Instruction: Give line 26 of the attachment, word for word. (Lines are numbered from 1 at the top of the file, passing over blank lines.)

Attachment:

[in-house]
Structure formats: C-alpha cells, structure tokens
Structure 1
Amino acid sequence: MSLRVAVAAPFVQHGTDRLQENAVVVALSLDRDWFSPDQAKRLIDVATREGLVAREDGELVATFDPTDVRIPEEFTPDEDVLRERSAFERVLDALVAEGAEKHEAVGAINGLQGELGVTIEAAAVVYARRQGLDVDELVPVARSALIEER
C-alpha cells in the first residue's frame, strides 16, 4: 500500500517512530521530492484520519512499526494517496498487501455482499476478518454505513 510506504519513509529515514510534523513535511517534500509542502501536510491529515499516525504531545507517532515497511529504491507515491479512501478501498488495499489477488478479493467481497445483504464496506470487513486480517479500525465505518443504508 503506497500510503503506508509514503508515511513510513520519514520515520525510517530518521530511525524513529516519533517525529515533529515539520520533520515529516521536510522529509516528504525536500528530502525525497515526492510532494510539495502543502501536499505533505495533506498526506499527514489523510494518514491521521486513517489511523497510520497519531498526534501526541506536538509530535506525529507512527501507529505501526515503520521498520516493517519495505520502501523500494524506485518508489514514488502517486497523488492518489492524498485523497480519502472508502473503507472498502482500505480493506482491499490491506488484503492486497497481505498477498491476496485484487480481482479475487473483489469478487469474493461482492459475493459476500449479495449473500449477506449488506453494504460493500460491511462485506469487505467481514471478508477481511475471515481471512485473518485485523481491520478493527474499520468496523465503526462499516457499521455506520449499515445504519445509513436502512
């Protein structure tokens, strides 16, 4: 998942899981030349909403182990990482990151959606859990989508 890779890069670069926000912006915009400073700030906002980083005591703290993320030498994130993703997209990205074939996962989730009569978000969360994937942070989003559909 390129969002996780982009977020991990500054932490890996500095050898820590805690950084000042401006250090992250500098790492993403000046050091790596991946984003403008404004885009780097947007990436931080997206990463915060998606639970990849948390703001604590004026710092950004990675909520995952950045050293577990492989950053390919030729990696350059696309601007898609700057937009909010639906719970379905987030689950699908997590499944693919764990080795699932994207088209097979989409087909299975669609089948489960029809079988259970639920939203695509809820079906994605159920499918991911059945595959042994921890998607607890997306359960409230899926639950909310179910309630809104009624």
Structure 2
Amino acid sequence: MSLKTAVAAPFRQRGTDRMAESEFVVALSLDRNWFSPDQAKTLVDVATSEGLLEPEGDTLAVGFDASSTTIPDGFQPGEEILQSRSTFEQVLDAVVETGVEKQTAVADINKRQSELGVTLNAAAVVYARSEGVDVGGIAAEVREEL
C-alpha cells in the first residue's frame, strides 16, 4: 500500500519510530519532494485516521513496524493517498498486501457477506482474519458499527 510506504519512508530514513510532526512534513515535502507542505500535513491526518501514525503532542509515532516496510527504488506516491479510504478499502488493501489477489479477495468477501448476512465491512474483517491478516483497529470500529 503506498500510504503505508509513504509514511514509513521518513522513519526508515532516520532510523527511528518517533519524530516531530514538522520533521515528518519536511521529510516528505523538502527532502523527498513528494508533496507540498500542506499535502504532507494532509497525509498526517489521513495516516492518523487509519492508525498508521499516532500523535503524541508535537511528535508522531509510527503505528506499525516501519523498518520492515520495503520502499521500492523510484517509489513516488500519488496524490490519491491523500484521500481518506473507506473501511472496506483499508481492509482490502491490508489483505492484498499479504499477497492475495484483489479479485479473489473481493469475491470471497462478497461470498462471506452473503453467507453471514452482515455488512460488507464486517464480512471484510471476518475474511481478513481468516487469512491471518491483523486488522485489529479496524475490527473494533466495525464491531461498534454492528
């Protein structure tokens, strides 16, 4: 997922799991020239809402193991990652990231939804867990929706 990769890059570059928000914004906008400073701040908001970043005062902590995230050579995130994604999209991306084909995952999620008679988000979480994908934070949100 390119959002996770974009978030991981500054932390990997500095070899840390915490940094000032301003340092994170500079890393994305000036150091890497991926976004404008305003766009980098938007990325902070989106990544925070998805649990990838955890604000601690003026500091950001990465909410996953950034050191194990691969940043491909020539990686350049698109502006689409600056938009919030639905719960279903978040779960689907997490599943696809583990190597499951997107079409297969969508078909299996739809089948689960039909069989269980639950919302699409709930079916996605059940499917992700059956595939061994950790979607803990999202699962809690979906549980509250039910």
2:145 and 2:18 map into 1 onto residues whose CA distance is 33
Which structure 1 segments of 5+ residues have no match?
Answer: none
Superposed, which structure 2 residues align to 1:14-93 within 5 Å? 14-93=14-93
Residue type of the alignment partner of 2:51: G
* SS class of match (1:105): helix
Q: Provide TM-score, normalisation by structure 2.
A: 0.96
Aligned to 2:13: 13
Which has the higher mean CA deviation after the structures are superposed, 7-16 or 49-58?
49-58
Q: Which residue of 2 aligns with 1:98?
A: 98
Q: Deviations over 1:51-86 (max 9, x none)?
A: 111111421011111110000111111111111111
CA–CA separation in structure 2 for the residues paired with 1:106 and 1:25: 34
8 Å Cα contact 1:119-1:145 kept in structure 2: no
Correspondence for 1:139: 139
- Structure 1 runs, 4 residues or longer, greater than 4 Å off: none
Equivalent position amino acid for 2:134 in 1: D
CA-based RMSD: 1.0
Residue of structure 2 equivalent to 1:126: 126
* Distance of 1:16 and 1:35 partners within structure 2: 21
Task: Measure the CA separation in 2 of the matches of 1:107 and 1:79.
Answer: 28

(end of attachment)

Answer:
CA–CA separation in structure 2 for the residues paired with 1:106 and 1:25: 34